The ingredients of a full feature


So as I said last week, a full feature is where you and your expertise forms the main subject of a piece. It's usually written up in long form (as opposed to a question and answer style). But what actually goes into it? What do you need to be aware of if you're pitching yourself for this sort of feature?

Let's get into it...


These pieces will often include context about why speaking to you about a particular topic or your experience in general is relevant right now. This might include news or popular culture references or new research or statistics. 

A running theme

Even in celebrity features of this kind, there is always a running theme throughout the story - possibly why they're finally 'speaking their truth' (gross phrase but it does the job of explaining) or why they're finally feeling more confident. For you, it might be how you achieved something, why you're now taking a particular step or something valuable you've learnt. It's important because it gives the piece a point. It provides an anchor - a structure - so it doesn't end up just reading like a long list of anything and everything you've ever done.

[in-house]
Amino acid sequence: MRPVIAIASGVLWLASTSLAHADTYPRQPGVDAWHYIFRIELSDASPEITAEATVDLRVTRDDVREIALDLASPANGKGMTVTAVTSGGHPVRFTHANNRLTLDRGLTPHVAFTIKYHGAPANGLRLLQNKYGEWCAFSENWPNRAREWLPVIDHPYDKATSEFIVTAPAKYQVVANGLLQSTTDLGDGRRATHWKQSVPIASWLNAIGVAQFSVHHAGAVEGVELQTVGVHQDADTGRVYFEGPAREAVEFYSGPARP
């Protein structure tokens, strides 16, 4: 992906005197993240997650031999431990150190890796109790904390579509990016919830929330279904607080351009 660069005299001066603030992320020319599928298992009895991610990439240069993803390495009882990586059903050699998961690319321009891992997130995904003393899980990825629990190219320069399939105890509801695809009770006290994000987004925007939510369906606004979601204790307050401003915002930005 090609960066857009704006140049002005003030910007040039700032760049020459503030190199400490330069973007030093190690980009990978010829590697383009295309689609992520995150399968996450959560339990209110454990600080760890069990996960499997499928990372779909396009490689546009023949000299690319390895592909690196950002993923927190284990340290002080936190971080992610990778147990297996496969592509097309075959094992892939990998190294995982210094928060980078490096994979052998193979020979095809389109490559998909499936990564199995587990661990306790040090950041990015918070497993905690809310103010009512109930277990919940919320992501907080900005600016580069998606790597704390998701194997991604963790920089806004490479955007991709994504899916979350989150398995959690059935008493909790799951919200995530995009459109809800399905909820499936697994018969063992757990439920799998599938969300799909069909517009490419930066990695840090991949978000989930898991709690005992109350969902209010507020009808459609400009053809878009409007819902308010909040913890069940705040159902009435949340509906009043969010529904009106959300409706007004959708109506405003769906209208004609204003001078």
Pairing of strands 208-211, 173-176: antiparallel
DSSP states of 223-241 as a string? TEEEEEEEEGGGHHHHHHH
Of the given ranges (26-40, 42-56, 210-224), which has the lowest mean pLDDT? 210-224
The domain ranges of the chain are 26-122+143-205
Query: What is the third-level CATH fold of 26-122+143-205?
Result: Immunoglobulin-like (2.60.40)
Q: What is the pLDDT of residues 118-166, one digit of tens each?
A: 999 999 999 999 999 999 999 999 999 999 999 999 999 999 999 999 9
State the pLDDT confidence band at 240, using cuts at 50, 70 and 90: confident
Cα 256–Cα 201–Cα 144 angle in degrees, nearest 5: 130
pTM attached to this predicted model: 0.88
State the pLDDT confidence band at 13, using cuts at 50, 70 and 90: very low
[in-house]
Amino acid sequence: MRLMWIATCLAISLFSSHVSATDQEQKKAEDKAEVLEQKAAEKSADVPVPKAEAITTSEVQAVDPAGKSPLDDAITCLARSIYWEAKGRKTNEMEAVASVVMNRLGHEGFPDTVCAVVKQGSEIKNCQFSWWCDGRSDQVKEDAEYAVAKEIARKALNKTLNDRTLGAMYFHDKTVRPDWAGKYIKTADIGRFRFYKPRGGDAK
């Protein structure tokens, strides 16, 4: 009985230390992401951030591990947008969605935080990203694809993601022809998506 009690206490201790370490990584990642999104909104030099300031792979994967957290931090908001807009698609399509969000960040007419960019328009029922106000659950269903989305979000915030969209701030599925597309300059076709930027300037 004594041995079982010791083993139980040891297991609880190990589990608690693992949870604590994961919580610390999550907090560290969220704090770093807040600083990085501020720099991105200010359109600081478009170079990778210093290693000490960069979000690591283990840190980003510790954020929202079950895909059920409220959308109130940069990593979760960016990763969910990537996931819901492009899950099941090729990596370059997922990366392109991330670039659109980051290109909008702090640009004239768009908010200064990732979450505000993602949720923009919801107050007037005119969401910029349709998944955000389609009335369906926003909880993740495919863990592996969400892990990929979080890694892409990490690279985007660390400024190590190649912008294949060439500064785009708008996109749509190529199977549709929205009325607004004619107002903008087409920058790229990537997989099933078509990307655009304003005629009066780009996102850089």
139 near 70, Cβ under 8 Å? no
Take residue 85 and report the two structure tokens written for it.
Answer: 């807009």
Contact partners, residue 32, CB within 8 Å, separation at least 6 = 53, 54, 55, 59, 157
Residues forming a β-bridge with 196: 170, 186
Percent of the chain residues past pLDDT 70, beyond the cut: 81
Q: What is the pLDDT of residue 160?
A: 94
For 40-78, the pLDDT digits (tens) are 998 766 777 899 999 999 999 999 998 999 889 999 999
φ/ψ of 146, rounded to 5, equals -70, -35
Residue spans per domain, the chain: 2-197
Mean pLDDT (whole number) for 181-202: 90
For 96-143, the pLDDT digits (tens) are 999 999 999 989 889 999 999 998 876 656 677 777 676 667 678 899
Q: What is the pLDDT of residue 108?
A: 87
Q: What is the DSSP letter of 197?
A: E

Your backstory

 Though this isn't meant to be a biography, some of your back story and experiences will be included - this sometimes includes your upbringing,  education and early experiences. The focus will usually be on the significant events or challenges that shaped your journey - something that helps the audience understand the person behind the story. 


Value, value, value. There has to be a pay off for the audience once they've read your feature - something they'll get out of it if they stick with it until the end. Perhaps it's advice, tips or tricks or maybe it's a better understanding on a certain topic, newfound inspiration or food for thought. Whatever it is, you need to be prepared to demonstrate what this might be within your pitch.